It's a weighty tome and not one you want to read in bed and risk having fall on your face when you nod off.

I'm now most of the way through "You'll Get Over It" by Veronica Ironside which I picked up in our local Oxfam shop, it's about the various emotions related to bereavement and is interesting, honest and raw.

Next in line is "Bad Feminism", essays by Roxane Gay, which I'm really looking forward to.

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They told me I was delusional. I nearly fell off my unicorn.

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Twilight

Puddleglum's sister
# 2832

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quote:
Originally posted by Brenda Clough:
I'm reading Twopence to Cross the Mersey and marveling at the fecklessness of the parents. How does one have seven children and yet acquire no common sense?

They had mad skilz, Brenda! They knew how to drink, smoke and have sex. As much as I despair of the parents, I admire the daughter more every time I read it. One of my favorite books.
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cattyish

Wuss in Boots
# 7829

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I'm reading Nasty Women which my friend Laura Lam contributed to. It's a collection of short stories and essays about women assembled as a reaction to recent political and cultural events. It contains shocking and relevant and heartbreaking and inspiring bits.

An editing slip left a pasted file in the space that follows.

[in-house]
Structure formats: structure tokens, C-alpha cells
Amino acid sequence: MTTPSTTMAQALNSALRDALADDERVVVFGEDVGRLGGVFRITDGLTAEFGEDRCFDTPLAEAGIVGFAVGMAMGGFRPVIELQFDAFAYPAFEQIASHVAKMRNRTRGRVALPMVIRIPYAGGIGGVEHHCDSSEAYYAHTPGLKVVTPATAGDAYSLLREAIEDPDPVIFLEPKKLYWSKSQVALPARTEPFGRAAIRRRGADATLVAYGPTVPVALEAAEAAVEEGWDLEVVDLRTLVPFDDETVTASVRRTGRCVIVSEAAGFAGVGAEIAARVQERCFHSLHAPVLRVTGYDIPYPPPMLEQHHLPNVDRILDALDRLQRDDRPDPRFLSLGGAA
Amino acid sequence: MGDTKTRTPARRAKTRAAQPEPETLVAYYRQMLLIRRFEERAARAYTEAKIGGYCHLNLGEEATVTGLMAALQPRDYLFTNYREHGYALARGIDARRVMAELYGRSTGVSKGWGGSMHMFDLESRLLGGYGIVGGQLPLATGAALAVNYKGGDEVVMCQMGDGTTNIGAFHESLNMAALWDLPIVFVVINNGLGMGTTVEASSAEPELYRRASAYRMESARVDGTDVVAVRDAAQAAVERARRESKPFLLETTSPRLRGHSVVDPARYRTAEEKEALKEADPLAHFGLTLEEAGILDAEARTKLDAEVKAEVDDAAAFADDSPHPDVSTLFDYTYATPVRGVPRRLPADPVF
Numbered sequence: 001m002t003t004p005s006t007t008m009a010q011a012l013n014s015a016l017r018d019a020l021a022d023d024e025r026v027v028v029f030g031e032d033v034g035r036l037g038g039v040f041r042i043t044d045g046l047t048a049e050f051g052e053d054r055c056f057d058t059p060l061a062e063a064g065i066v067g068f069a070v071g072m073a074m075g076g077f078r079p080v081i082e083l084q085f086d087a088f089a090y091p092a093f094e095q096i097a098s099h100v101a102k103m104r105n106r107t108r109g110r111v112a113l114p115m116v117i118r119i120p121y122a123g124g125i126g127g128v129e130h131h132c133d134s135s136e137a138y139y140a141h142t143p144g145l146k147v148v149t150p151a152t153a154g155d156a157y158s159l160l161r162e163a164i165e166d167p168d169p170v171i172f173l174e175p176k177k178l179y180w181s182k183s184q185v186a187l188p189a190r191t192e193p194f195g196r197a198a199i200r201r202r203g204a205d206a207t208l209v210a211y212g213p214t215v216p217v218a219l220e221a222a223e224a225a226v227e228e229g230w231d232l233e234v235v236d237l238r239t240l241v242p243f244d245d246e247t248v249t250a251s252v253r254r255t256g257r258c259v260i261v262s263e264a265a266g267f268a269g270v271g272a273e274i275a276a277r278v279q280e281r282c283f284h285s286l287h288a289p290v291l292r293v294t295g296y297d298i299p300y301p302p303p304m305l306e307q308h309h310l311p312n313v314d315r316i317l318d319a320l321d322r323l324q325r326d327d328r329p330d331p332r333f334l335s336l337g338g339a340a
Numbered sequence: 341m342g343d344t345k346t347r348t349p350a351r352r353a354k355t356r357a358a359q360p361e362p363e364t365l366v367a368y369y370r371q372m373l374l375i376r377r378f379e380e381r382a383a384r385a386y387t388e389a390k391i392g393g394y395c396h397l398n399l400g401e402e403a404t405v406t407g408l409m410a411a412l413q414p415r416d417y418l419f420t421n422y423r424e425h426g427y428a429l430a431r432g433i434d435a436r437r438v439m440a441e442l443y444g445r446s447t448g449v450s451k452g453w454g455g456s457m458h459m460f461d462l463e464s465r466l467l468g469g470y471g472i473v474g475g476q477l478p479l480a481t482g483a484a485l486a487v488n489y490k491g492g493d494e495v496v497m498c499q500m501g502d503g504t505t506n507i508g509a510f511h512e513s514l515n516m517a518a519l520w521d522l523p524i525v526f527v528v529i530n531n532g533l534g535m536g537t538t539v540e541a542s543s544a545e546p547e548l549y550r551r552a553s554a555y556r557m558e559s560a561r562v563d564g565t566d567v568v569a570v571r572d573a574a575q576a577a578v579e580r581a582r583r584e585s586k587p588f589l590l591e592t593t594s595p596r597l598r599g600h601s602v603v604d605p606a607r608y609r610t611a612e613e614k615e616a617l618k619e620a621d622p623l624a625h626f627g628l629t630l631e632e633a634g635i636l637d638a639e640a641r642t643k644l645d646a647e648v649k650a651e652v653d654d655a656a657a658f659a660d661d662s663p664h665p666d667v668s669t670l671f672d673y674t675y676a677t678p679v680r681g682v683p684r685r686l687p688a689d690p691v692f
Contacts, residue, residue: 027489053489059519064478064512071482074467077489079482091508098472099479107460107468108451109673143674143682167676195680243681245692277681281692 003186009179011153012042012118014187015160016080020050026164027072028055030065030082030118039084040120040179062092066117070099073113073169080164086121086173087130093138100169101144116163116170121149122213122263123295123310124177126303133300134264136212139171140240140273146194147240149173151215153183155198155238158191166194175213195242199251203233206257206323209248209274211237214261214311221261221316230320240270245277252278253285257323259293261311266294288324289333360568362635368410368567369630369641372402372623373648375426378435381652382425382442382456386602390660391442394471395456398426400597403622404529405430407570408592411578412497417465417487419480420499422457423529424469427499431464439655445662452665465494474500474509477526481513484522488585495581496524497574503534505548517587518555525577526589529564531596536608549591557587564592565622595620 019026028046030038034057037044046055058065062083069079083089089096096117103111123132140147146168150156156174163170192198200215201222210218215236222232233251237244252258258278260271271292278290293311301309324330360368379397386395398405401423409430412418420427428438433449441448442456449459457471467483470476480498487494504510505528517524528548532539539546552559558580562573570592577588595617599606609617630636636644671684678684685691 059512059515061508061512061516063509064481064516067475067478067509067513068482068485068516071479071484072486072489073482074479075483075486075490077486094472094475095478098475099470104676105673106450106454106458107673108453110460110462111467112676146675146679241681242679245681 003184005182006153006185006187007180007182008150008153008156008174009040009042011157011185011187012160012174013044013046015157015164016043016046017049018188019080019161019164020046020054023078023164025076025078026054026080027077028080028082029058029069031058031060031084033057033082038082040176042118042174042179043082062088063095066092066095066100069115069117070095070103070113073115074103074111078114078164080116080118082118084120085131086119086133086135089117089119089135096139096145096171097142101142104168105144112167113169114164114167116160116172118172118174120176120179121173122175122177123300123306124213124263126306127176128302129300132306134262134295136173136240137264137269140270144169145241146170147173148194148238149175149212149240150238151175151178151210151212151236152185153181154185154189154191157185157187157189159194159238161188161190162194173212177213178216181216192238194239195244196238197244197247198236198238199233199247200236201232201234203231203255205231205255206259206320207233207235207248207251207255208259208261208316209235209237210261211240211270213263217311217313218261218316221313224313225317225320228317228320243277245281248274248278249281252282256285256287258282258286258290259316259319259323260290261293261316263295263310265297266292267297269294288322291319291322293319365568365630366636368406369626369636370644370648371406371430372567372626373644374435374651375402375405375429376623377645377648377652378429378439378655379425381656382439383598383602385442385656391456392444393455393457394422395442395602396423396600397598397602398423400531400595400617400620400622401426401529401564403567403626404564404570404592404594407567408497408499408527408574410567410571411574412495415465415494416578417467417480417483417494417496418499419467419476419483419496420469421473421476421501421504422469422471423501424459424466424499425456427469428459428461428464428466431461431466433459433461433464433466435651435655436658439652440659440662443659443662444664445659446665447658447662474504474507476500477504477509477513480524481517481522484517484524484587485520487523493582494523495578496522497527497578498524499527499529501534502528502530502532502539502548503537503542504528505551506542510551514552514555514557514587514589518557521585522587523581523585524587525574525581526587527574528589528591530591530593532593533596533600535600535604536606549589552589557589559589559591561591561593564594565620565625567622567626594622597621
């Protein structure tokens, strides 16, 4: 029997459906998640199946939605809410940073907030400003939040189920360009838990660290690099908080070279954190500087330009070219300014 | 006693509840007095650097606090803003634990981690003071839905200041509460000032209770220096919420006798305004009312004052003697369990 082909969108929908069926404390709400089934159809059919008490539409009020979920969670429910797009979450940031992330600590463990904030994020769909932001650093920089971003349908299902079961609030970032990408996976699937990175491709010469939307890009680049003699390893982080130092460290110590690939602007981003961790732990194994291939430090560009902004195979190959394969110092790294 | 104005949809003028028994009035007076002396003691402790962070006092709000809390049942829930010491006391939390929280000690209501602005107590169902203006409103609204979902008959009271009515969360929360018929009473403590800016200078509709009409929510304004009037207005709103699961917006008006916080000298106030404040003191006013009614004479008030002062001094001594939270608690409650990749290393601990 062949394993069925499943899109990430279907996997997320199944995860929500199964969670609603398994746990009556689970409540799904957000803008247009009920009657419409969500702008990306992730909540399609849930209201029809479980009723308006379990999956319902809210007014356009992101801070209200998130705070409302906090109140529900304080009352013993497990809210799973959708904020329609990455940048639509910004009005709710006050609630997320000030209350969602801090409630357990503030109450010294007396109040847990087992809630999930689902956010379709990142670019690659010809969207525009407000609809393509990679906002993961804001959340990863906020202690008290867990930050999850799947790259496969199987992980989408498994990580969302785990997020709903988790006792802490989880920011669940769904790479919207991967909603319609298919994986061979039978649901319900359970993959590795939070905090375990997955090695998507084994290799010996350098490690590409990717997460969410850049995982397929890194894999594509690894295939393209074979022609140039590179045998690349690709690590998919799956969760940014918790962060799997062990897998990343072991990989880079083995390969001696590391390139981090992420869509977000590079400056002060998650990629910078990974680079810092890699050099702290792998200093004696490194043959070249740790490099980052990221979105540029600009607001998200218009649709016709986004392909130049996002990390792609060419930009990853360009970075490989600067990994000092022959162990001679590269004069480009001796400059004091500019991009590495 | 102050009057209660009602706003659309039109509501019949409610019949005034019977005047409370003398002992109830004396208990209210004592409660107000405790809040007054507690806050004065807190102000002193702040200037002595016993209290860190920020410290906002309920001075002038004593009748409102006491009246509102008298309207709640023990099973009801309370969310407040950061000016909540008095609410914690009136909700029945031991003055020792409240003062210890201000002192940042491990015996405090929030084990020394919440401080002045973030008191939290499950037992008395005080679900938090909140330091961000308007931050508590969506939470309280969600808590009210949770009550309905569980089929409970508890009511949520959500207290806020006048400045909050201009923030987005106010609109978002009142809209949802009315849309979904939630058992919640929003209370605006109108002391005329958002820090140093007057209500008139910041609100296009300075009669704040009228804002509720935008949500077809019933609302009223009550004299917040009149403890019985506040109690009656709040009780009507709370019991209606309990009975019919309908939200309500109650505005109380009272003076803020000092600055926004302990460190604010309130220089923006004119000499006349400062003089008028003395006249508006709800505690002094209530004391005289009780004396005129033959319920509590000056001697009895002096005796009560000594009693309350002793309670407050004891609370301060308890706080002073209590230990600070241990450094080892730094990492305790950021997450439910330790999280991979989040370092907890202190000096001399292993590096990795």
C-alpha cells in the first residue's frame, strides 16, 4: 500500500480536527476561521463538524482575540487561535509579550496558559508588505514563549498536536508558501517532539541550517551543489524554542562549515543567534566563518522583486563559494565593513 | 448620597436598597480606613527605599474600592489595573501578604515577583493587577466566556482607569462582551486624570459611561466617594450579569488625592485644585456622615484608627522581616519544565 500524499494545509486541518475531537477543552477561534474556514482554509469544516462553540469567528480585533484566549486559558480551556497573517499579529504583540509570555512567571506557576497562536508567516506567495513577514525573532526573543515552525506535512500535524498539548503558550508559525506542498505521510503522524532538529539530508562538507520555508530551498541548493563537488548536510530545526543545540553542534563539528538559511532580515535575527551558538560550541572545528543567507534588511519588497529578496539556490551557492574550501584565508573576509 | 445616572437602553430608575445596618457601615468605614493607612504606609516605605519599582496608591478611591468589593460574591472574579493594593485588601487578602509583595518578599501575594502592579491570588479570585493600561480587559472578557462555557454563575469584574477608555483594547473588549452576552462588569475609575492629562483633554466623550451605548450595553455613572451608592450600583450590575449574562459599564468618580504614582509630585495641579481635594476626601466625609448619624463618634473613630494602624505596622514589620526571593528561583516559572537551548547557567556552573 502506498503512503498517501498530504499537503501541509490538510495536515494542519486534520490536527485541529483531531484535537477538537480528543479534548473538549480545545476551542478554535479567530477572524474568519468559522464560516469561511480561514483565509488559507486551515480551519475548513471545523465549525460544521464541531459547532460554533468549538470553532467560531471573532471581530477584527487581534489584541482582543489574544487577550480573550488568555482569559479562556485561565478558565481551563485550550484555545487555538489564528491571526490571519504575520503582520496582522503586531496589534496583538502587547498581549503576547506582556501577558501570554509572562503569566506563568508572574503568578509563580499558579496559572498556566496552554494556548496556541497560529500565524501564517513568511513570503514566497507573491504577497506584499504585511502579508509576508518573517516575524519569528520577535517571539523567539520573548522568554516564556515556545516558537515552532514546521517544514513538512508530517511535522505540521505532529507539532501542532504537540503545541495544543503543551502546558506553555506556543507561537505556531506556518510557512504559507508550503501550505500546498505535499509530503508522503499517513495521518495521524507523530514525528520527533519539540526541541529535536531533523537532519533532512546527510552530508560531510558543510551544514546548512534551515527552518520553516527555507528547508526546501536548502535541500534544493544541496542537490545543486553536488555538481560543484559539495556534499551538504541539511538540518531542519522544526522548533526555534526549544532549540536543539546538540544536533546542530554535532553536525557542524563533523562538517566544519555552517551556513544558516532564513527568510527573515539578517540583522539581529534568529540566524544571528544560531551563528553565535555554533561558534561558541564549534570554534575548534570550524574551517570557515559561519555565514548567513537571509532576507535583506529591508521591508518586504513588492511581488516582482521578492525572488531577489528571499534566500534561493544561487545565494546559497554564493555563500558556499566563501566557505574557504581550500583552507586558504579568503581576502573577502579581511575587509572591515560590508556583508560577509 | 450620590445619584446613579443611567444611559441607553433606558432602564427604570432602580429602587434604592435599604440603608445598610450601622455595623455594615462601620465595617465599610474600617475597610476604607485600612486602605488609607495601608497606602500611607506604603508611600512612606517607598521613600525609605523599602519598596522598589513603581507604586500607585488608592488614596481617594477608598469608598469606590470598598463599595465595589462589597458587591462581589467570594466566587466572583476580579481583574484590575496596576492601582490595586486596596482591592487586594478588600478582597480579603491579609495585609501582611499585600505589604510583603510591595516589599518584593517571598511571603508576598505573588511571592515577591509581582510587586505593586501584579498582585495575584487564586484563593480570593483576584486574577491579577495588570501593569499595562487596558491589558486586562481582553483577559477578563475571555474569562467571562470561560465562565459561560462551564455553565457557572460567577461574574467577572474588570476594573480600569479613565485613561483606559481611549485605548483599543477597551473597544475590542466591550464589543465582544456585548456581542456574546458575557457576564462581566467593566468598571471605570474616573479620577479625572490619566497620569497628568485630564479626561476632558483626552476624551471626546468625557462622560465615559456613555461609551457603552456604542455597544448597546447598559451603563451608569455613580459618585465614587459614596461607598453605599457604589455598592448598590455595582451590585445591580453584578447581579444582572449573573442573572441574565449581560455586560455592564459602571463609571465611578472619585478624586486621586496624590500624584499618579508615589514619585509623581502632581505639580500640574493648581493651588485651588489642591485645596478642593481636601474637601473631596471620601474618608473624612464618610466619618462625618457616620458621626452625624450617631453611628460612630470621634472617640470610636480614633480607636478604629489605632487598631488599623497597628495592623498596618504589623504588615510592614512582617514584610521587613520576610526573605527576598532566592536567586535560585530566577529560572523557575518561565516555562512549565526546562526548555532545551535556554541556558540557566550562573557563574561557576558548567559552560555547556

Laura and her mother collaborated on a chapter about their family history. There's alcohol and gun violence and money and poverty and hope.

Each of the chapters gives a different person's perspective on life in the twentieth century for women.

I'm finding it a good read, but a challenging one.

Cattyish, off for a much needed shower after that chilly run there.

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leo
Shipmate
# 1458

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GOD SAVE THE QUEEN: The Spiritual Dimension of Monarchy – IAN BRADLEY - off as I'm anti-monarchy but food for thought.